Purchasing power parity (PPP) is a concept put forward by the purchasing power parity theory. According to this theory, the rate of exchange between two currencies should follow the purchasing power of those currencies.
Calculations of purchasing power parity account for purchasing power across all consumer price sectors, rather than one specific commodity (as is the case with the law of one price).
Here is a simple example: Suppose the cost of maintaining a middle-class living standard – buying groceries, paying rent on a 3.5 room apartment, taking an annual vacation and buying and maintaining a budget car – came to 3000 Swiss francs per month in Switzerland and 1500 euros per month in Italy, Germany and France.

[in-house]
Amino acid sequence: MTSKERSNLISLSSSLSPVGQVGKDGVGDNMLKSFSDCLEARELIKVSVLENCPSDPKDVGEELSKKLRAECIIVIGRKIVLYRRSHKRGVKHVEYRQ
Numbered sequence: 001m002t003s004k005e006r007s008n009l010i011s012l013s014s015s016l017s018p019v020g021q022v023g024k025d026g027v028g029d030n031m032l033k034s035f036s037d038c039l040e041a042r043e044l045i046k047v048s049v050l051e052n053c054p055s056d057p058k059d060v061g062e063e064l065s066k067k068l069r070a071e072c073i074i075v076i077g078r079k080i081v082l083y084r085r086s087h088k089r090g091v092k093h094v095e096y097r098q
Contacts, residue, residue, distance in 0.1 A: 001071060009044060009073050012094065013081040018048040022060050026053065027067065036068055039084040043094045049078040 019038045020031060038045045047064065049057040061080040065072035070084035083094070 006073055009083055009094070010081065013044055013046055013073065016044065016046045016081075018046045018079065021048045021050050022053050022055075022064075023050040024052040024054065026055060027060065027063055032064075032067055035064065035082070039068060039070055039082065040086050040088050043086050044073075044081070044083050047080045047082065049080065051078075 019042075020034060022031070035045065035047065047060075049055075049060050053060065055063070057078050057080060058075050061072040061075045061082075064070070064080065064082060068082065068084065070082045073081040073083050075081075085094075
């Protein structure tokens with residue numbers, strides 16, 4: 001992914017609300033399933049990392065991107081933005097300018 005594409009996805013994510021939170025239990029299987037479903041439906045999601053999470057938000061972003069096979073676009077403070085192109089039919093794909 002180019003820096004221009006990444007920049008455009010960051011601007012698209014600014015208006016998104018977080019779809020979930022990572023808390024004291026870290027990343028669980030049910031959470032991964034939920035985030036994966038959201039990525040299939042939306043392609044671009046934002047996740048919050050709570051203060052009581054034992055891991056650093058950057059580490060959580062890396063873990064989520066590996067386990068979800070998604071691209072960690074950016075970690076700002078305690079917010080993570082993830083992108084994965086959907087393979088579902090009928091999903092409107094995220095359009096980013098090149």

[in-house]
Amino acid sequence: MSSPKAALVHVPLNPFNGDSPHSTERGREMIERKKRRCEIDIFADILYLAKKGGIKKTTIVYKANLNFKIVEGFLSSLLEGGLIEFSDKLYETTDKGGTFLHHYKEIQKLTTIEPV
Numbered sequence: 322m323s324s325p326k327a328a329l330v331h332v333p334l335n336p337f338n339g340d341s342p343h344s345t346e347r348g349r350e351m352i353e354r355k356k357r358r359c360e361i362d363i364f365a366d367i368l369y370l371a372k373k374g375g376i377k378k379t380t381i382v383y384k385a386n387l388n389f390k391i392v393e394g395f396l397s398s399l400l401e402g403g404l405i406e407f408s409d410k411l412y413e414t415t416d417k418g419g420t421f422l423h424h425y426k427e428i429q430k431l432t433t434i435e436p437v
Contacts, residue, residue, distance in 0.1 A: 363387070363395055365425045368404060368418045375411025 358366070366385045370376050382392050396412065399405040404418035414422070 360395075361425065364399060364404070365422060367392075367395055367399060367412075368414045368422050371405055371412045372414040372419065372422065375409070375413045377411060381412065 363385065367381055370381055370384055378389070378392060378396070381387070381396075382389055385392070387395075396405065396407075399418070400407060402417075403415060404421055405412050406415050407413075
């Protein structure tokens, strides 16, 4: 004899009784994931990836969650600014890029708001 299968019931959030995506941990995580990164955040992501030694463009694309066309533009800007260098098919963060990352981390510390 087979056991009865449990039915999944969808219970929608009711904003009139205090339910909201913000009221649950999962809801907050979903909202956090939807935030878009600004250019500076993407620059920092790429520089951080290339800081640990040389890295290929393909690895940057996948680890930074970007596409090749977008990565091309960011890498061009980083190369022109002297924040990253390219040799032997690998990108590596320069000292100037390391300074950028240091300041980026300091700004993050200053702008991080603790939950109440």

According to PPP theory, the exchange rate between the Swiss franc and the euro should – based on this limited comparison – settle at 2 Swiss francs to 1 euro because both have the same purchasing power.
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